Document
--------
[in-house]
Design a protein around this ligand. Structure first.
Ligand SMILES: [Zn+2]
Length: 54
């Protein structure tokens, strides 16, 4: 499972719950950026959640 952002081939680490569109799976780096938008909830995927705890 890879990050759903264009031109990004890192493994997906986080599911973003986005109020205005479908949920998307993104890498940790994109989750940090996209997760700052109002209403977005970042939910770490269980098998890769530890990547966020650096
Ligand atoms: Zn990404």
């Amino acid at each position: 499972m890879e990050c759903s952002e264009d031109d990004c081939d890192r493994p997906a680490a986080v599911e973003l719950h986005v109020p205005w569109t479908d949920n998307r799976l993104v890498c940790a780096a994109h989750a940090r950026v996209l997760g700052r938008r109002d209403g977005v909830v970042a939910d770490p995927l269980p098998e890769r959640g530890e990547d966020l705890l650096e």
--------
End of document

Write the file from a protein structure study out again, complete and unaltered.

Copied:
[in-house]
Design a protein around this ligand. Structure first.
Ligand SMILES: [Zn+2]
Length: 54
């Protein structure tokens, strides 16, 4: 499972719950950026959640 952002081939680490569109799976780096938008909830995927705890 890879990050759903264009031109990004890192493994997906986080599911973003986005109020205005479908949920998307993104890498940790994109989750940090996209997760700052109002209403977005970042939910770490269980098998890769530890990547966020650096
Ligand atoms: Zn990404």
């Amino acid at each position: 499972m890879e990050c759903s952002e264009d031109d990004c081939d890192r493994p997906a680490a986080v599911e973003l719950h986005v109020p205005w569109t479908d949920n998307r799976l993104v890498c940790a780096a994109h989750a940090r950026v996209l997760g700052r938008r109002d209403g977005v909830v970042a939910d770490p995927l269980p098998e890769r959640g530890e990547d966020l705890l650096e």